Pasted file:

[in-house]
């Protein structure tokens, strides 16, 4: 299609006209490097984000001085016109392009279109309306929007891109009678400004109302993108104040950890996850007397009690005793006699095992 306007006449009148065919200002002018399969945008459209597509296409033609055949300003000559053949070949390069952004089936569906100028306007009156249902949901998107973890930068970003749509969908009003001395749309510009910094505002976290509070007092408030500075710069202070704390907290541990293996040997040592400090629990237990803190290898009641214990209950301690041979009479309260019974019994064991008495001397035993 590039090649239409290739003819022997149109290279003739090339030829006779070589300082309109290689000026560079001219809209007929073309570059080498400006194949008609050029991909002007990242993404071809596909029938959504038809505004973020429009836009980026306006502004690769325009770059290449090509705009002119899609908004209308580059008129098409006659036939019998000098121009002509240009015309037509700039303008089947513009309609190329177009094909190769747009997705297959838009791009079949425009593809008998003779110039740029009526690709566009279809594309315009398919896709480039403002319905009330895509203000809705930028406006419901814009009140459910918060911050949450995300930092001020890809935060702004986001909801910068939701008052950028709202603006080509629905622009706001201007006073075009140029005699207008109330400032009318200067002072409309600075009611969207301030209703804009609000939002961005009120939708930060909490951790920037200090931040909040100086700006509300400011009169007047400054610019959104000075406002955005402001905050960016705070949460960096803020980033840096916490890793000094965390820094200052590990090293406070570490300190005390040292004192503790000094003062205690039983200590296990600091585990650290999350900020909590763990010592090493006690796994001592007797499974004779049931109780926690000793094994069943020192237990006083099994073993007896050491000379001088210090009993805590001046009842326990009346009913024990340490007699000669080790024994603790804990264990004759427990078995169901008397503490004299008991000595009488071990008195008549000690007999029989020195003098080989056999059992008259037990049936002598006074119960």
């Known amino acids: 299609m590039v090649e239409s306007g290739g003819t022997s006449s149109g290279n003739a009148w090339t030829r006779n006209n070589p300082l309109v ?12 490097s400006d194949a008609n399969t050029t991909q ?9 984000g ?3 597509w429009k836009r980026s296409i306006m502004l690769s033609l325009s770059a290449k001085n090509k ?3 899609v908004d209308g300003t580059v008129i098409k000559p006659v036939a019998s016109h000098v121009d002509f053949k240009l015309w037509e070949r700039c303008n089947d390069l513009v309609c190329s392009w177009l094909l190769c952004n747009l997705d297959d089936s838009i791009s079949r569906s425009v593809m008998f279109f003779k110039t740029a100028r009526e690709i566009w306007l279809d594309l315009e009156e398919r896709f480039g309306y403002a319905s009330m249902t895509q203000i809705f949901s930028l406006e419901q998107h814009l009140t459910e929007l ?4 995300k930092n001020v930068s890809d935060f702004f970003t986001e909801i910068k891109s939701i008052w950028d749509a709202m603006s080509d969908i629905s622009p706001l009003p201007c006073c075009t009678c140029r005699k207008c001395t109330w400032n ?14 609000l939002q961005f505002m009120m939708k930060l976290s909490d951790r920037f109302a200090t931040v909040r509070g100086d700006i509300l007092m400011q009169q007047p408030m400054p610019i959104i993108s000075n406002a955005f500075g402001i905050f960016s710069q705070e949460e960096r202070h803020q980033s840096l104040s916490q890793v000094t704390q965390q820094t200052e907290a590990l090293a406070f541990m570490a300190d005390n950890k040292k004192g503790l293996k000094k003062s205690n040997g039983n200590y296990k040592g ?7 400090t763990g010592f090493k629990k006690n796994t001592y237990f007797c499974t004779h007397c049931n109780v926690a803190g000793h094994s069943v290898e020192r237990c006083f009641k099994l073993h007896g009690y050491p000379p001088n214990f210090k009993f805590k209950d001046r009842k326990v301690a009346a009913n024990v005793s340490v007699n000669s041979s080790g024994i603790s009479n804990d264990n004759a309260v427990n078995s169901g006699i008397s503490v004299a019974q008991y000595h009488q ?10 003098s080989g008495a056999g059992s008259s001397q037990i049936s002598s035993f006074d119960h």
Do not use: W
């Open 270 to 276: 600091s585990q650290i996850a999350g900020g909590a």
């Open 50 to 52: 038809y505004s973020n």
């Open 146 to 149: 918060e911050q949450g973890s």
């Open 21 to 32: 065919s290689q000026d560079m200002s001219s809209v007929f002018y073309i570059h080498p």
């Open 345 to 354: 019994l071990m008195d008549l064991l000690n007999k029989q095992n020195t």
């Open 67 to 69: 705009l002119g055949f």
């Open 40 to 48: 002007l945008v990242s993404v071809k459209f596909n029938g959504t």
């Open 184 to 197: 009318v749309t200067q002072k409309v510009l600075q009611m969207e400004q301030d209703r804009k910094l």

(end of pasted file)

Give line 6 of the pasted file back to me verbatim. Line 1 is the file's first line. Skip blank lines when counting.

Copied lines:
């Open 50 to 52: 038809y505004s973020n």